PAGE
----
catapult magazine

catapult magazine

Vol 9, Num 21 :: 2010.11.19 — 2010.12.02


Feasting on scraps

Dumpster-diving was introduced to me my freshman year at college, primarily through my Christian bohemian friends (see Jamie Smith’s fascinating review of Hipster Christianity for an explanation of this helpful, if still generalizing term). Although it took until my sophomore year for me to have a go myself, the principle of dumpster-diving immediately made all kinds of sense to me. You can save money, reduce your ecological impact (sort of), and make a stand against waste, all in one go! What’s not to celebrate?

For those unfamiliar with the activity, dumpster-diving is the elegantly simple activity of taking (mainly) food from the dumpsters (or “skips,” in the UK) where it is placed after it has passed its sell-by/use-by/best-before dates. Stores are often obliged by health codes to dispose of food after a certain date, but it’s not uncommon for high-brow supermarkets to get rid of fruits or vegetables when they begin to look a little under the weather, however new or fresh they might be.

Occasional complicating factors for dumpster-diving can include the law and spiteful storeowners. The practice is variously legal or illegal in different countries and U.S. states, although it is usually simply a gray area — grey because of laws on trespassing, health and safety laws, and other bureaucratic technicalities which allow storeowners to use threat of prosecution as a deterrent. In reality, actual prosecutions against divers are extremely rare ( states it is unaware of anyone ever being successfully charged in the U.K.), but the sense (or reality) of trespassing usually relegates dumpster-diving to late-night hours.

Occasionally, storeowners take matters into their own hands and, in an effort to dissuade hopeful divers from their hidden bounties, will throw paint or bleach over their discarded foodstuffs. Sometimes they will instruct employees to rip open their trash bags in the dumpster, pushing the sanitary limits of some divers one step too far. It’s hard to know what’s going on in the minds of these managers. I can hardly believe that they legitimately fear lawsuits from scroungers cutting their fingers on rusty metal dumpster rims or suffering food poisoning from dumpster-mushrooms. Perhaps they believe that divers, foiled in their pursuits of waste foods, will instead walk right into their over-heated, over-lighted aisles and purchase the same things with their cash. It goes without saying that this is incredibly naïve.

What does dumpster-diving have to do with feasting? A lot, I think. It is a heavy collision between a mindset of scarcity and a context of excess. Reaping the cast-offs from an efficiency-trapped food production system provides a poignant moment for reflection on what feasting might mean in the in-between times we reside in. For the middle-upper-middle class that so many of us belong to, we live in constant tension between the realities, on one hand, of a wasteful society and abject poverty, and on the other hand, a Bible-born desire to celebrate the goodness of creation in all its glory.

As I’ve learned over the last few years, we miss the point if we center a Christian response to consumerism and waste on a goal to save money. Sustainable consumer choices are often more expensive (fair trade clothing vs. Wal-Mart, local organic food vs. Tesco/Aldi, trains vs. planes), and in one way, spending more has an inherent benefit. When we have to invest a little more into our daily, weekly, monthly consumables, we are forced to think carefully about what we need and what we don’t. When bananas cost $1 for 5, we might as well just get-em — why bother considering if we already have fruit, or if we already have bananas (!), let alone whether we will have time to eat them before we head off on vacation.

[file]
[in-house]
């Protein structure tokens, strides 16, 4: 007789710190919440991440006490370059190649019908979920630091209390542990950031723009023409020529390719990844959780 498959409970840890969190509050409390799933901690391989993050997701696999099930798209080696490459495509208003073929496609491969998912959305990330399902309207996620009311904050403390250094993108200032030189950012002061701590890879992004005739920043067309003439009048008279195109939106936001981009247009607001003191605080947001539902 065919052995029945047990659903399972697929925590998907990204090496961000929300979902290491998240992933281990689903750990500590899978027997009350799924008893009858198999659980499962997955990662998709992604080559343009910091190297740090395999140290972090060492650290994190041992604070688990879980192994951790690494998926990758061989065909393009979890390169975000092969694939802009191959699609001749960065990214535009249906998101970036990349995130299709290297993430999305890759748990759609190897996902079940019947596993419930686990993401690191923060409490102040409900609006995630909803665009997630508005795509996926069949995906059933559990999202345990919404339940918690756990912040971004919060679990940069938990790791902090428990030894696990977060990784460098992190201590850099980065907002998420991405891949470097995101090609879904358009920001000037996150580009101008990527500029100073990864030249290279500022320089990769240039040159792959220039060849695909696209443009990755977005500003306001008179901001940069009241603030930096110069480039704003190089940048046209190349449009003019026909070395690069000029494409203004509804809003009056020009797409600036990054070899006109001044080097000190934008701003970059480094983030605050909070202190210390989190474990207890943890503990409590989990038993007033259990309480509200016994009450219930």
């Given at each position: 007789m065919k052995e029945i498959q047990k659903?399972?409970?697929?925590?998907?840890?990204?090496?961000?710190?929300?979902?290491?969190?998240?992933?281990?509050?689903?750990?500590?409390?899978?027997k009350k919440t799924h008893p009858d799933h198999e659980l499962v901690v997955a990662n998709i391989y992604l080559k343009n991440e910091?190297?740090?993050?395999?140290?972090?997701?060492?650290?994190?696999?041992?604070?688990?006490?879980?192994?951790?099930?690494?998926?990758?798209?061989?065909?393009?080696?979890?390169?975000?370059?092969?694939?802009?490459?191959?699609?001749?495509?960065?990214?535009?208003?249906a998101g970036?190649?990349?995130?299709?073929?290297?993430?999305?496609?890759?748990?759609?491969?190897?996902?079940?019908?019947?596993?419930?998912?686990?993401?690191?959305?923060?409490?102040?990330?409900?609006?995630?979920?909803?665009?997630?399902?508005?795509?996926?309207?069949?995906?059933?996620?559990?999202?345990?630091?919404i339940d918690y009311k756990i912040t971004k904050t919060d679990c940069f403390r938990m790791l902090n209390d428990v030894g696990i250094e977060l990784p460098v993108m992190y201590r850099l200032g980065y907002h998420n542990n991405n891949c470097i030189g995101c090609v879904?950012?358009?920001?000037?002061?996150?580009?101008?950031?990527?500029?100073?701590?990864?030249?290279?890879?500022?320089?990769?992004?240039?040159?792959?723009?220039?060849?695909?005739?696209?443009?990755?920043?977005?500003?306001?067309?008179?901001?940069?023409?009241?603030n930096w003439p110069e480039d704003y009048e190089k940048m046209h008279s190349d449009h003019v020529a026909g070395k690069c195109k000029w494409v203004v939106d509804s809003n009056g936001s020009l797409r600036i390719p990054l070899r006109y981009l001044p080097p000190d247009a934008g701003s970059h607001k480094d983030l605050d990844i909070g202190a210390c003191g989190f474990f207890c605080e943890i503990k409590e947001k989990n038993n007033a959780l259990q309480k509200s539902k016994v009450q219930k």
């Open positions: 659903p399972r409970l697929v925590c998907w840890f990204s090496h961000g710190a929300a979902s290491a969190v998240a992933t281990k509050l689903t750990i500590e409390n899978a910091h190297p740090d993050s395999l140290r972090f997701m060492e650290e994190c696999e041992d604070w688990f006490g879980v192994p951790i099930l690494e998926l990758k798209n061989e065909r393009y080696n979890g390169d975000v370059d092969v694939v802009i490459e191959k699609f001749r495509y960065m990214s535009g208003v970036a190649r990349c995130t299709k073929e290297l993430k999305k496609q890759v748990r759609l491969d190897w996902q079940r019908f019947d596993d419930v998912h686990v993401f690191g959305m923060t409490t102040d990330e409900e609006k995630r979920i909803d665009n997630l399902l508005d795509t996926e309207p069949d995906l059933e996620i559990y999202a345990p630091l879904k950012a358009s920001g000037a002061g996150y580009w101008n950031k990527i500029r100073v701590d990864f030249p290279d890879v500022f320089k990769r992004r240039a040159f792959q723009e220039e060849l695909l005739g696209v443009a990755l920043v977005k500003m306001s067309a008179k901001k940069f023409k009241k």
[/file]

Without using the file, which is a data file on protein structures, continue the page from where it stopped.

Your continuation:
Perhaps then it sounds self-contradictory to bring up dumpster-diving, a veritable paradise for the cheapskate student (or otherwise), and in fact I do tend to refrain from waving the D-Mart (thanks to Wikipedia for this super name) flag too excitedly. While it is easy to get caught up in the audacious success of getting something for nothing, all the while sticking metaphorical tongues out at the corporate food industry, dumpster-diving should more centrally be an occasion to give thanks for God’s provision in all forms, as well as an occasion for lament at the absurdity of waste in the face of the poverty so often on our doorsteps. Diving is not a permanent sustainable activity, it is not an alternative to our current system, it is simply a less-worse option and, if we keep our heads straight, a practice of humility — reminding ourselves that we aren’t above eating what others would throw away. One “freegan” activist in the UK was quoted claiming, “The idea of the movement is to negate the necessity of the movement.” As confusing as that sounds, you probably get the picture.

Feasting on scraps subverts the false assumption that we have enough wealth and prosperity to accept wanton waste, but can also bring people together in an act of strange communal harvesting and celebration, all while keeping our feet on the ground. Loaves of banana bread, containers of apple sauce and bowls of potato curry have been my dumpster feasts of recent weeks, and as winter stretches its icy hug over England, local skips will become more like refrigerators than the sweaty incubators they can be in the summer months. While nature shuts down its foraging activities to holiday in hibernation, the peak season for dumpster foraging is just beginning.

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